Crafters head to Buds and Blooms

Buds and Blooms owner Lucas Christenson is looking for crafters to fill the nooks and crannies of his popular flower shop on the corner of Griffin Avenue and Porter Street in Enumclaw. He’s hoping to nestle their pieces between his large inventory of fresh flowers, tropical plants, European garden baskets, contemporary and traditional arrangements and silk and dried floral arrangements.

  • Tuesday, December 9, 2008 4:41am
  • Business

Buds and Blooms owner Lucas Christenson is looking for crafters to fill the nooks and crannies of his popular flower shop on the corner of Griffin Avenue and Porter Street in Enumclaw. He’s hoping to nestle their pieces between his large inventory of fresh flowers, tropical plants, European garden baskets, contemporary and traditional arrangements and silk and dried floral arrangements.

Christenson is opening a consignment shop in the area that once was home to Buds and Blooms’ giftware.

The longtime Buds and Blooms owner, whose family has been in the flower and plant business for 35 years, is scaling down his giftware to make room for more – what else? – plants and flowers. The Enumclaw business has been expanding that side of the business. Christenson has added a Web site, www.enumclawflorist.com, and recently and two wire services, Teleflora and FTD, to provide customers with more options for their wedding, funeral, holiday and everyday floral needs.

But in freeing up space, while noting not all the giftware will go, Christenson saw an opportunity to showcase Plateau-area talents and wares. A consignment shop allows him to concentrate on plants and flowers, while providing a niche for artisans to display and sell their items.

With the closing of downtown Enumclaw’s Antique Mall, there’s been quite a bit of interest in the consignment shop. So far, it’s filled with artists’ work, handmade greeting cards, knitted items, beaded jewelry and candles – and there’s room for more.

Christenson is offering reasonable consignment fees with a variety of options. He can provide a monthly lease, charge by the square foot or assess a fee based on percentage of sales; he said he’s flexible.

“I’m really interested in filling the space,” he said.

The flower shop and the consignment store, at 1409 Griffin Ave., are open 8 a.m. to 6 p.m. Monday through Saturday and 9 a.m. to 4 p.m. Sunday.

For information about either, call 360-825-5321.

Reach Brenda Sexton at bsexton@courierherald.com or 360-802-8206.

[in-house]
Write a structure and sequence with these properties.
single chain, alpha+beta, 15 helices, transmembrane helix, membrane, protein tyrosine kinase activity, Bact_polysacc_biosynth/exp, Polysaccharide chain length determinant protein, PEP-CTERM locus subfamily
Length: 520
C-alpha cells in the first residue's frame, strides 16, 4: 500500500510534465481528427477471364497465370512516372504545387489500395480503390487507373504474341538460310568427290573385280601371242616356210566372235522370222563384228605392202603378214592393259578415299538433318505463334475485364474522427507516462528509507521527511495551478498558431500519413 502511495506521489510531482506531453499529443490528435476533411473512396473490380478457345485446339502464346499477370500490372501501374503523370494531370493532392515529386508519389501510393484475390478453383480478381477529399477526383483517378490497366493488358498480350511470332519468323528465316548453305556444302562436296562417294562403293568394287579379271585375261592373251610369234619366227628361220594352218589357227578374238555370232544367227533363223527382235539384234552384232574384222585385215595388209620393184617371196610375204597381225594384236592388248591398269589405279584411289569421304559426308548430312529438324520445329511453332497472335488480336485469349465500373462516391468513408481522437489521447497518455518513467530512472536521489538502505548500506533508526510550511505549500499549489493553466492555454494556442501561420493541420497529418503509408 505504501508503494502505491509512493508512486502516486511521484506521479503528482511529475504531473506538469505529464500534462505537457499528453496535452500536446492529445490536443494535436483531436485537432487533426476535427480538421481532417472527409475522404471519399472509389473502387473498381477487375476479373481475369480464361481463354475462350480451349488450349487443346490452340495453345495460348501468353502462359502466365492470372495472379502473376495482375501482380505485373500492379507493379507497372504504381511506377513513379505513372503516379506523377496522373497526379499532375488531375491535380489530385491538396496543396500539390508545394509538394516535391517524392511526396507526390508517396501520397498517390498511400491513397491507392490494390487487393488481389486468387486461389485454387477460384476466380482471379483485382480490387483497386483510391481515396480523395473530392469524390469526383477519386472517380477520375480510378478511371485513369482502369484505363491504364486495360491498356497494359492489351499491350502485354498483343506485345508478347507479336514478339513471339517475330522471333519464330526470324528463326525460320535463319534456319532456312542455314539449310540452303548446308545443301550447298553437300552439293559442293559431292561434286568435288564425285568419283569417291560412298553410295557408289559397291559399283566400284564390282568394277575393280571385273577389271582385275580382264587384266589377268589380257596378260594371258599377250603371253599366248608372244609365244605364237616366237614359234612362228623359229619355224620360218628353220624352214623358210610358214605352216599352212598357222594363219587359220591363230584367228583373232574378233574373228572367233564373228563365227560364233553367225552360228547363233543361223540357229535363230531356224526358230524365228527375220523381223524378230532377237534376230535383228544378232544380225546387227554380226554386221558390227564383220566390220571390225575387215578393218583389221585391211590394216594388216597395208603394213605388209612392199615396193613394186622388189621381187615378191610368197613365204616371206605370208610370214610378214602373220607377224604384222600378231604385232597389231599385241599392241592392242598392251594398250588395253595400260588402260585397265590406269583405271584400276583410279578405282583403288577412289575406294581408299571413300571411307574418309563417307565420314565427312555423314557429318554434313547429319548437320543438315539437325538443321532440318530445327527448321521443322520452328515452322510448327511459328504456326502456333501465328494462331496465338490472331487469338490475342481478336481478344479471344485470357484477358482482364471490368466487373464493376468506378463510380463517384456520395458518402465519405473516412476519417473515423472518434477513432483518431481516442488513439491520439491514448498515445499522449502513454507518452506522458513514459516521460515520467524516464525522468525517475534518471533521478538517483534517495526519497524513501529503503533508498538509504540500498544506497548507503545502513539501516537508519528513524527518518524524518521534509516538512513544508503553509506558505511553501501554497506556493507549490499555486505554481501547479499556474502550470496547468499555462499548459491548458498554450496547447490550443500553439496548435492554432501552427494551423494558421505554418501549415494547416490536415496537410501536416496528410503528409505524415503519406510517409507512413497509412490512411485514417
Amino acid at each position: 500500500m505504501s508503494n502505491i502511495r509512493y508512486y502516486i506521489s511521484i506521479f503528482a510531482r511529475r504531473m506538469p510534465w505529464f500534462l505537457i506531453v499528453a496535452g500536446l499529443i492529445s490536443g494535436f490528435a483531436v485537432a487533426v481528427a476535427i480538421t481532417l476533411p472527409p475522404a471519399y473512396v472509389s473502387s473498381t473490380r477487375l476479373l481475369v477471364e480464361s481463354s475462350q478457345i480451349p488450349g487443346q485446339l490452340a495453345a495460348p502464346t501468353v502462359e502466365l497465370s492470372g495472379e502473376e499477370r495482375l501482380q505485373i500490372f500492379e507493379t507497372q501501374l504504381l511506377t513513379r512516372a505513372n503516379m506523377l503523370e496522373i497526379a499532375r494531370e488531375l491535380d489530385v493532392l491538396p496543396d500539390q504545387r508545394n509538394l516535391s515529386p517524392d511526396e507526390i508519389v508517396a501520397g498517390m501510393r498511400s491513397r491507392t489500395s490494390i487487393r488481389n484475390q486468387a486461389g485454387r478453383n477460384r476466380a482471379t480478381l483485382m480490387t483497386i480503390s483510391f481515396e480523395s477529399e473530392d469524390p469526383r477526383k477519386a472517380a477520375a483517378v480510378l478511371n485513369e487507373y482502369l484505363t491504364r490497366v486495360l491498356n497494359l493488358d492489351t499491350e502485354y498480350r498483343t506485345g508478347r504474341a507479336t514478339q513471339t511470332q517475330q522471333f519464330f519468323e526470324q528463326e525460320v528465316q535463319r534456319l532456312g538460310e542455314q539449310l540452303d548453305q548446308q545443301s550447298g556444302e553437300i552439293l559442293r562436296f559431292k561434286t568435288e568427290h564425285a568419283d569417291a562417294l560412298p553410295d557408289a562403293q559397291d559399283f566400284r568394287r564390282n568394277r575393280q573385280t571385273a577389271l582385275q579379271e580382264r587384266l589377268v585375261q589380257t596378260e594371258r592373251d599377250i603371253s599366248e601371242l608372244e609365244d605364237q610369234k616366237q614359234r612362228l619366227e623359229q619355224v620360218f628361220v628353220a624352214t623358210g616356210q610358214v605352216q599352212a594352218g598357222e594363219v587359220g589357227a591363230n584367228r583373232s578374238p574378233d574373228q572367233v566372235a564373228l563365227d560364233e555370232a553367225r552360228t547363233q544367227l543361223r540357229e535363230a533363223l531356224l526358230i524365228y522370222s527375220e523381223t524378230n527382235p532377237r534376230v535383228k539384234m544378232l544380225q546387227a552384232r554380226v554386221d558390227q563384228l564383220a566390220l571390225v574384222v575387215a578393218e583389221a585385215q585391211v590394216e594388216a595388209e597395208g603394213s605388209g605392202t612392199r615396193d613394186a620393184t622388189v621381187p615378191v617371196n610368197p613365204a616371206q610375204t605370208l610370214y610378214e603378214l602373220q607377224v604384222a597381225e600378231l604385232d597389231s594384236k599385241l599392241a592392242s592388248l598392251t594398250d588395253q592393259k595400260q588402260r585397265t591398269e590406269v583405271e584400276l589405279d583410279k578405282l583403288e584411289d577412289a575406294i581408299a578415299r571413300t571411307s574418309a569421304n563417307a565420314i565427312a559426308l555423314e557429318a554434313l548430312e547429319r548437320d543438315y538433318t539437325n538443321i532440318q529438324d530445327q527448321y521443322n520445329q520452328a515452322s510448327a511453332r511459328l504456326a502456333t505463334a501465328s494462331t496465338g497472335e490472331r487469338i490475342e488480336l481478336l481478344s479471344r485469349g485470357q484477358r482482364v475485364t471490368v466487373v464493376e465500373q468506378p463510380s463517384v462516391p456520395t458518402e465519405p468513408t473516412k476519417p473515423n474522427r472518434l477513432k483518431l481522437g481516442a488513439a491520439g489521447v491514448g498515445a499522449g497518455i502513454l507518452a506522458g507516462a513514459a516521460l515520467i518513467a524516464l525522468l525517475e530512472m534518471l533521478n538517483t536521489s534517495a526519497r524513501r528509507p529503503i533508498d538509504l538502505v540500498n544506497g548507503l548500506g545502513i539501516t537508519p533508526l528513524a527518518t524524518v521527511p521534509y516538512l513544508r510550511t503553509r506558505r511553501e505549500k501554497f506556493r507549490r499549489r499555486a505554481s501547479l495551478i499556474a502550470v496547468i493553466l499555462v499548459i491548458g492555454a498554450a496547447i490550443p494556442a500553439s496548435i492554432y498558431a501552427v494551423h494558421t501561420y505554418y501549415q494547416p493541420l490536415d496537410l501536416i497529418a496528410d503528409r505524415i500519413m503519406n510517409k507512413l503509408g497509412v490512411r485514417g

More in Business

No green cheese, drill sergeant | Don Brunell

What is the wisdom in space exploration?

Wapiti Woolies legacy continues with new owners

John and Karlyn Clark just bought the Greenwater business in June. But don’t worry — the huckleberry ice cream isn’t going anywhere.

Family-owned businesses are the backbone of America | Don Brunell

Family businesses account for 50 percent of our country’s GDP.

Clark touts benefits of Sound Birth method

Kelly Clark has a rather specific audience for her professional services. As… Continue reading

Tourists bring dollars to mountain communities

More than 1.5 million people came to Mount Rainier in 2018, and spent $55 million in nearby communities.

Keeping things natural come Hell or High Water

Desiree and Kevin Helfrick started their garden in a Seattle apartment. Now they’re in charge of 5 acres, growing organic veggies and taking care of their chickens.

Rogers opens chiropractic practice

Beau Rogers played college baseball until a career-ending injury, leading him down the path of chiropractics.

“Normandy Clicker” D-Day innovation

American troops were ingenious on the battlefield.

Max fix critical to Washington | Don Brunell

Things were going great until the two 737 Max crashes.

Could Seattle put on a World’s Fair today?

You have to wonder if a project of this scope and magnitude could happen today with endless hoops to jump through, mounds of government red-tape and construction costs which were unimaginable in 1960.

Thunder Dome grand opening inches closer to the starting line

The nonprofit museum’s goal is to raise money for epilepsy awareness, as well as provide a new entertainment and event venue for Plateau locals and visitors.

Removing Snake River dams is unwise | Don Brunell

The vast majority of fish that migrate up the fish passage survive.